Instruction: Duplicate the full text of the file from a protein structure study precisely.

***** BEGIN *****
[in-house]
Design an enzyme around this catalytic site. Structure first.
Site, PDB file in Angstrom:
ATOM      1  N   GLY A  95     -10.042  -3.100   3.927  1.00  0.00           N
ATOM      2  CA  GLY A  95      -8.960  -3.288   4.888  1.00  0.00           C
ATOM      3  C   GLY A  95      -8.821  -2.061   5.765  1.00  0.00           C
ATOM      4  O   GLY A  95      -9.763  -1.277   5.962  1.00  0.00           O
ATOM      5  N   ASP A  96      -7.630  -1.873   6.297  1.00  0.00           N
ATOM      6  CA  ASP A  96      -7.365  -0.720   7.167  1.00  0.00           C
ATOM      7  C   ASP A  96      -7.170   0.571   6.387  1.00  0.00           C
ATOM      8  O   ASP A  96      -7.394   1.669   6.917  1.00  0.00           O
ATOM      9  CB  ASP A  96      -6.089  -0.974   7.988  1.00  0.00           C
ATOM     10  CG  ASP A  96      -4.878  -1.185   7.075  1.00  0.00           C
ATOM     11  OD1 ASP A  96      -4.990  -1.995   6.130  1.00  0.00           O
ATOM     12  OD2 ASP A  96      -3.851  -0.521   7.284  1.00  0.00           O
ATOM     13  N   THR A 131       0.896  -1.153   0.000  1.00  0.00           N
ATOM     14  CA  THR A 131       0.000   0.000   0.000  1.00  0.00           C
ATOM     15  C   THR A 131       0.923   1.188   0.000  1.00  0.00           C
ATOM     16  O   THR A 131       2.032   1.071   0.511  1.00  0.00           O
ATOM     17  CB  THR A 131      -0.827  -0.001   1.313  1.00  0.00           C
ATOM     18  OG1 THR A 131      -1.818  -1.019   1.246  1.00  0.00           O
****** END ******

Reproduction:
[in-house]
Design an enzyme around this catalytic site. Structure first.
Site, PDB file in Angstrom:
ATOM      1  N   GLY A  95     -10.042  -3.100   3.927  1.00  0.00           N
ATOM      2  CA  GLY A  95      -8.960  -3.288   4.888  1.00  0.00           C
ATOM      3  C   GLY A  95      -8.821  -2.061   5.765  1.00  0.00           C
ATOM      4  O   GLY A  95      -9.763  -1.277   5.962  1.00  0.00           O
ATOM      5  N   ASP A  96      -7.630  -1.873   6.297  1.00  0.00           N
ATOM      6  CA  ASP A  96      -7.365  -0.720   7.167  1.00  0.00           C
ATOM      7  C   ASP A  96      -7.170   0.571   6.387  1.00  0.00           C
ATOM      8  O   ASP A  96      -7.394   1.669   6.917  1.00  0.00           O
ATOM      9  CB  ASP A  96      -6.089  -0.974   7.988  1.00  0.00           C
ATOM     10  CG  ASP A  96      -4.878  -1.185   7.075  1.00  0.00           C
ATOM     11  OD1 ASP A  96      -4.990  -1.995   6.130  1.00  0.00           O
ATOM     12  OD2 ASP A  96      -3.851  -0.521   7.284  1.00  0.00           O
ATOM     13  N   THR A 131       0.896  -1.153   0.000  1.00  0.00           N
ATOM     14  CA  THR A 131       0.000   0.000   0.000  1.00  0.00           C
ATOM     15  C   THR A 131       0.923   1.188   0.000  1.00  0.00           C
ATOM     16  O   THR A 131       2.032   1.071   0.511  1.00  0.00           O
ATOM     17  CB  THR A 131      -0.827  -0.001   1.313  1.00  0.00           C
ATOM     18  OG1 THR A 131      -1.818  -1.019   1.246  1.00  0.00           O